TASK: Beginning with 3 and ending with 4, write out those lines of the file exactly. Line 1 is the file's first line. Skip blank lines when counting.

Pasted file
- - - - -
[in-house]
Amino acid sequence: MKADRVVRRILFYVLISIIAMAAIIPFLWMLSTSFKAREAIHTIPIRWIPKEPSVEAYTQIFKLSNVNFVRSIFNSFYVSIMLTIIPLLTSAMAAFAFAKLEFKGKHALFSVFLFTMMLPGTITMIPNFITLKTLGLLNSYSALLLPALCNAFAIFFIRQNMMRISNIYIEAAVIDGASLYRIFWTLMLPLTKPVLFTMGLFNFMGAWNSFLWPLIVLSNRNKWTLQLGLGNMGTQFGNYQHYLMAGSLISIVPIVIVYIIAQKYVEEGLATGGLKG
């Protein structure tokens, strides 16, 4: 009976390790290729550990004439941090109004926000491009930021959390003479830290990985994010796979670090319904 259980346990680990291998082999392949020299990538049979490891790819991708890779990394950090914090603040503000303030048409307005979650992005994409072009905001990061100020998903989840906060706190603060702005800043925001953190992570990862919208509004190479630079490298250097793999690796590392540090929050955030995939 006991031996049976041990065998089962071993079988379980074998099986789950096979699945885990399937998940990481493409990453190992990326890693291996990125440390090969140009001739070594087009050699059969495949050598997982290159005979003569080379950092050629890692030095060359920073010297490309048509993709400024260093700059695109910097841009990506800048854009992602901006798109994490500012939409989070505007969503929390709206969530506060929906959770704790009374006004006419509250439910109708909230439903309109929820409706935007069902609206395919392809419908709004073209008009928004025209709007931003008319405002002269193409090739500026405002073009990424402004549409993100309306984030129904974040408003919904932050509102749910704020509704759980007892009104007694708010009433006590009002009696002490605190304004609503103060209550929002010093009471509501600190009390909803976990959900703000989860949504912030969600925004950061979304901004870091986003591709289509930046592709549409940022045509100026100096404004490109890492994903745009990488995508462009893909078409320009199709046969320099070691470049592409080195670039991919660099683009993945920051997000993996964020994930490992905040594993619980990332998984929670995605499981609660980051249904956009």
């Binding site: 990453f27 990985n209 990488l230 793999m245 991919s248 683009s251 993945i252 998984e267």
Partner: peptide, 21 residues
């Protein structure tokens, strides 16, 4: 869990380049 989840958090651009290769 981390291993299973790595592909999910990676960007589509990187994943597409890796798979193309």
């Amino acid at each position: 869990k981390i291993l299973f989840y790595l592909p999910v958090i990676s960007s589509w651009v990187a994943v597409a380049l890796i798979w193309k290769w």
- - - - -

């Protein structure tokens, strides 16, 4: 009976390790290729550990004439941090109004926000491009930021959390003479830290990985994010796979670090319904 259980346990680990291998082999392949020299990538049979490891790819991708890779990394950090914090603040503000303030048409307005979650992005994409072009905001990061100020998903989840906060706190603060702005800043925001953190992570990862919208509004190479630079490298250097793999690796590392540090929050955030995939 006991031996049976041990065998089962071993079988379980074998099986789950096979699945885990399937998940990481493409990453190992990326890693291996990125440390090969140009001739070594087009050699059969495949050598997982290159005979003569080379950092050629890692030095060359920073010297490309048509993709400024260093700059695109910097841009990506800048854009992602901006798109994490500012939409989070505007969503929390709206969530506060929906959770704790009374006004006419509250439910109708909230439903309109929820409706935007069902609206395919392809419908709004073209008009928004025209709007931003008319405002002269193409090739500026405002073009990424402004549409993100309306984030129904974040408003919904932050509102749910704020509704759980007892009104007694708010009433006590009002009696002490605190304004609503103060209550929002010093009471509501600190009390909803976990959900703000989860949504912030969600925004950061979304901004870091986003591709289509930046592709549409940022045509100026100096404004490109890492994903745009990488995508462009893909078409320009199709046969320099070691470049592409080195670039991919660099683009993945920051997000993996964020994930490992905040594993619980990332998984929670995605499981609660980051249904956009």
């Binding site: 990453f27 990985n209 990488l230 793999m245 991919s248 683009s251 993945i252 998984e267």